More Men Than Women Prioritize Dating Over Work

More Women are Willing to Cancel a Date Due to Professional Commitment According to New It's Just Lunch Survey

Feb 06, 2013, 10:27 ET from It's Just Lunch

SAN DIEGO, Feb. 6, 2013 /PRNewswire/ -- Men and women are shifting gender roles in yet another aspect of modern life, according to a new survey by It's Just Lunch. When the specialty dating service asked more than 4300 singles a series of questions regarding how they view dating issues related to work, there were two unexpected responses by each gender.

The most surprising were the answers to "How often do you cancel on a date due to work related issues?" The first choice answer for 50% of the men was "I always make time for dates."  Only 36% of the women selected this answer. The number one choice for women (41%) was "Work and dating hold near equal importance in my life and I make time for both."

Dr. Paulette Kouffman Sherman, a psychologist who specializes in single career women and the author of When Mars Women Date isn't surprised that women are more likely to reschedule a date. She says "Women still feel they have to work harder to succeed in corporate America."

Another unexpected difference between the sexes showed up in the answers to a question about business talk: "Do you enjoy talking about business and work-related topics during dates, or prefer to shift the conversation to other topics, issues or current events?" The top answer for women (45%) was "I talk about business to kick start a conversation, but enjoy talking about other things, too." Only 30% of the men selected this choice.

The number one choice for males (55%) was "I think business discussion is interesting from time to time, but prefer to discuss other things." 11% of men and 7% of women were of the opinion that "When my work day is over, I want to forget about it and talk about anything but business and my job." "Men tend to compartmentalize things, so most prefer to leave business talk at the office, especially on a date," says Frank Partnoy, author of WAIT: The Art and Science of Delay. "Women tend to mix business and pleasure a bit more."

Some of the answers that differed by sex showed that a sizable portion of the population has some interest in old-fashioned gender roles. When asked "When looking for a partner, do you prefer the "9-5" kind of working professional? Or the flexible "works from coffee shops" type?" the top answer for both men (41%) and women (40%) was "Doesn't matter to me as long as they have a job!" But the second choice for women (25%) was "I like when partners can work anytime, but think the office environment requires a certain level of professionalism that I appreciate," was only picked by 17% of men. Men's second choice, with 18% (and picked by 14% of women), was "9-5, I enjoy partners with predictable schedules." In fourth place for both genders (12% of men and 14% of women) was "I dig the 'work from anywhere' types, but prefer if they stick to normal hours."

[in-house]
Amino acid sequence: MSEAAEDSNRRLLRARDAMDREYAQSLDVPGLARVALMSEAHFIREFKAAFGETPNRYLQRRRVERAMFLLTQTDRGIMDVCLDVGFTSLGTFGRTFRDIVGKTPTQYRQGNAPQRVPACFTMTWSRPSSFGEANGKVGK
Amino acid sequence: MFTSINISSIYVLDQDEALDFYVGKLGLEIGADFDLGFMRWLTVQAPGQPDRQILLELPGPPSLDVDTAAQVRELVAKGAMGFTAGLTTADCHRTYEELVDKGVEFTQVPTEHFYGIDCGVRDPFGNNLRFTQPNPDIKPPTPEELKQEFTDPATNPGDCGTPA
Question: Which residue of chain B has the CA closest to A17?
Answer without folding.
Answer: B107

One other interesting note was that almost twice as many men (11%) as women (6%) picked the answer with the least constraints, "I prefer the 'work from anywhere at any time' type."

A previous It's Just Lunch survey showed that women were more concerned about their date's money, career, and education than men were.  Irene LaCota, It's Just Lunch spokesperson, says that, "Some women's predilection for a more professional office environment goes hand in hand with their preference that the men they date have a reasonably high social status."

A significant number of men were more conservative than women when it comes to a partner who travels. When asked "Does the amount that a partner travels for business affect your willingness to pursue a relationship?" both genders selected the same first place answer, "I am busy myself, so if a partner is gone for a week at a time, I am okay with that!"  But significantly more women (34%) chose that than men (28%). The second place answer, "No, a partner on frequent business related trips does not bother me," was almost even for both men (27%) and women (26%). The fact that 4% more women (27%) than men (23%) chose the third place answer, "I am busy, but expect a potential partner to be local more often than traveling" is a bit of a red herring when it comes to travel expectation differences between the genders until you look at the fourth place answer, which has a 10% differential. "Yes, I prefer potential partners to be more accessible," is the choice of 23% of the male respondents but was selected by only 13% of the women.

"It looks like a portion of the male population still clings to the idea that women should always be home for them," says LaCota. "It's likely that there are just as many women who prefer jobs where they get to stay in town."

The It's Just Lunch Professional Side Of Dating survey also yielded other interesting insights, including:

  • Women prefer to date a business executive; men prefer a medical professional.
  • More women prefer to not date someone who works in their own office.
  • Women are less likely to date a client.
  • The ideal first date for business people of both genders is a drink after work.
  • Both men and women would prefer to date someone who works in a different industry.

It's Just Lunch ( is a personalized dating service for busy professionals. The company has coordinated over two million dates for clients since opening in 1991. IJL minimizes the stress and maximizes the efficiency of dating by sending people on casual, no-pressure dates over lunch, brunch or drinks after work. IJL's team of dating specialists, not a computer, perform the matchmaking.  The company services over 150 cities in the US, Canada and internationally. 

SOURCE It's Just Lunch